x Abu Dhabi, UAEFriday 28 July 2017

Lego Burj Khalifa is not a tall story

The 2.7m tower of unglued plastic bricks went on display yesterday at Dubai Mall.

A Burj Khalifa model, built with Lego pieces, is unveiled at Dubai Mall. Pawan Singh / The National
A Burj Khalifa model, built with Lego pieces, is unveiled at Dubai Mall. Pawan Singh / The National

DUBAI // An architect who meticulously designed and built a 141,971-piece Lego sculpture of the Burj Khalifa wants the model to serve as an inspiration to others.

The 2.7m tower of unglued plastic bricks went on display yesterday at Dubai Mall.

It is the work of Adam Reed Tucker, an American who said he is on a "mission" to change the way people see Lego.

"Everything I do is with parts you can get in Lego kits," he said. "I want people to look at the sculpture and to realise that if they had enough bricks, they could build the same thing."

Since the tower was commissioned just three weeks ago, Mr Reed Tucker has been putting in 16-hour days, spending about 200 hours in total designing and building it at his home in Chicago. "I design it all in my head and build it at the same time," he said.

Once ready, it was broken into 13 sections and sent to Dubai to be reassembled.

It is not his first Burj Khalifa. He has a 5.4m version of the world's tallest building among 14 other Lego models in an exhibition in the National Building Museum in Washington DC.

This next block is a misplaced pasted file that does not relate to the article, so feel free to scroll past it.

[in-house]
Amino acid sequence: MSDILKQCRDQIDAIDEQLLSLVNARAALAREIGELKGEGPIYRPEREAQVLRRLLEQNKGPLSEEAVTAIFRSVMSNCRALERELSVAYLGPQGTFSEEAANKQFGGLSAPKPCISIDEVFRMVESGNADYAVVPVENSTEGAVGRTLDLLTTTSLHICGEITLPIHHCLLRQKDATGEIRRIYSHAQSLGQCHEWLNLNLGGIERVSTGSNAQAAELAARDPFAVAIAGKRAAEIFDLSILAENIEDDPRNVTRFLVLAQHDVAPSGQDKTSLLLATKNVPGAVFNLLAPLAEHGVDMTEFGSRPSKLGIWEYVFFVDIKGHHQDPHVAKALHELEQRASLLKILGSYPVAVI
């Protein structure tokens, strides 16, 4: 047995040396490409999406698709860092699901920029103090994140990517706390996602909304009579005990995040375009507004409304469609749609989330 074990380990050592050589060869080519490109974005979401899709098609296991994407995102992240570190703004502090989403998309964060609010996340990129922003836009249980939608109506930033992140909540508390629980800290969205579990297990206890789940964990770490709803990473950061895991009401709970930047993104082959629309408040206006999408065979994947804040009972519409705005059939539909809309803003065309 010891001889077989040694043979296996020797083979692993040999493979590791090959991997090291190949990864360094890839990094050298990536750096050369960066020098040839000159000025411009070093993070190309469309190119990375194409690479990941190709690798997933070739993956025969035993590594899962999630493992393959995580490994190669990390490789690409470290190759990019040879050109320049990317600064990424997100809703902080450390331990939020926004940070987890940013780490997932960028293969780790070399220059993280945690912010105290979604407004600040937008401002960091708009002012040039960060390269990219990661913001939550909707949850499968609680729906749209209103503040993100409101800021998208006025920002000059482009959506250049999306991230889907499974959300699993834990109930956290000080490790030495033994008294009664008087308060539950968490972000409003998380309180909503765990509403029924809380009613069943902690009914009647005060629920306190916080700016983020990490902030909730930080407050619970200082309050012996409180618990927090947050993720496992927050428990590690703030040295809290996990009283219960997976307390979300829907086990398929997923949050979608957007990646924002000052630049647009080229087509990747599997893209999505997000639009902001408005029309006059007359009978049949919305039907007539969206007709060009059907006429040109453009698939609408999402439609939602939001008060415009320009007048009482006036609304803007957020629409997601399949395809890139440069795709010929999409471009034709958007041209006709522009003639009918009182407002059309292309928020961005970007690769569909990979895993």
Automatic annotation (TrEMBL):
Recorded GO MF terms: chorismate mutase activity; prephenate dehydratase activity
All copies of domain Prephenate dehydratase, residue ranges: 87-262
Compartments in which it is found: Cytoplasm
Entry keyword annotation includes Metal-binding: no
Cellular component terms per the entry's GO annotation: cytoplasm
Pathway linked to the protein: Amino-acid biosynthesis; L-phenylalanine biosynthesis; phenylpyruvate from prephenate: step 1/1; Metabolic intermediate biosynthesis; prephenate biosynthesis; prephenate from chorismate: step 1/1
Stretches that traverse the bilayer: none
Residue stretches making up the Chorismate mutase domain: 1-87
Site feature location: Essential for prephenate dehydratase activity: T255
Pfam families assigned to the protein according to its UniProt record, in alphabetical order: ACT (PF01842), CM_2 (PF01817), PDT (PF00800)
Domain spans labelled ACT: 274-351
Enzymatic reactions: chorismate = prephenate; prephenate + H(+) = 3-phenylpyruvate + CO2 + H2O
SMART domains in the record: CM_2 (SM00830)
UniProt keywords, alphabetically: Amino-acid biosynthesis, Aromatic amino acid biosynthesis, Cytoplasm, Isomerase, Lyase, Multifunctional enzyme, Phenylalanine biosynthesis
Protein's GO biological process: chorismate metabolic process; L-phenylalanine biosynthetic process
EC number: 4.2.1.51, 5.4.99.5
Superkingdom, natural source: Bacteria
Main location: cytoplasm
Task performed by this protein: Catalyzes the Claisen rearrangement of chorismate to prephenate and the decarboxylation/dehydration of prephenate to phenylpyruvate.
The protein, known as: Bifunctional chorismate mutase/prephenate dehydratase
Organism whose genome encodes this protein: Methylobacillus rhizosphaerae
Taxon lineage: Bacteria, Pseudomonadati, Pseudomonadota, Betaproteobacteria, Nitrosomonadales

He has also designed a more modest retail version, with 208 components and standing only 27.8cm tall, which went on sale yesterday in the Burj Khalifa's At the Top gift shop priced at Dh149. Staff at the shop said they had sold 60 in the first hour alone.

Mr Reed Tucker said he hoped to create a "whimsical and playful marriage" between the serious world of engineering and the childish realm of Lego.

"I'm not 10 years old and I'm not playing with Lego bricks like toys," he said. "I'm trying to show the world that as a human being grows, the role of a Lego brick changes with them."

Mr Reed Tucker, whose wife is pregnant, said that when his family expands the boundaries of his workshop would be clearly defined. "There will be one area where there'll be daddy's Lego and another where there's the child's Lego," he said.

mcroucher@thenational.ae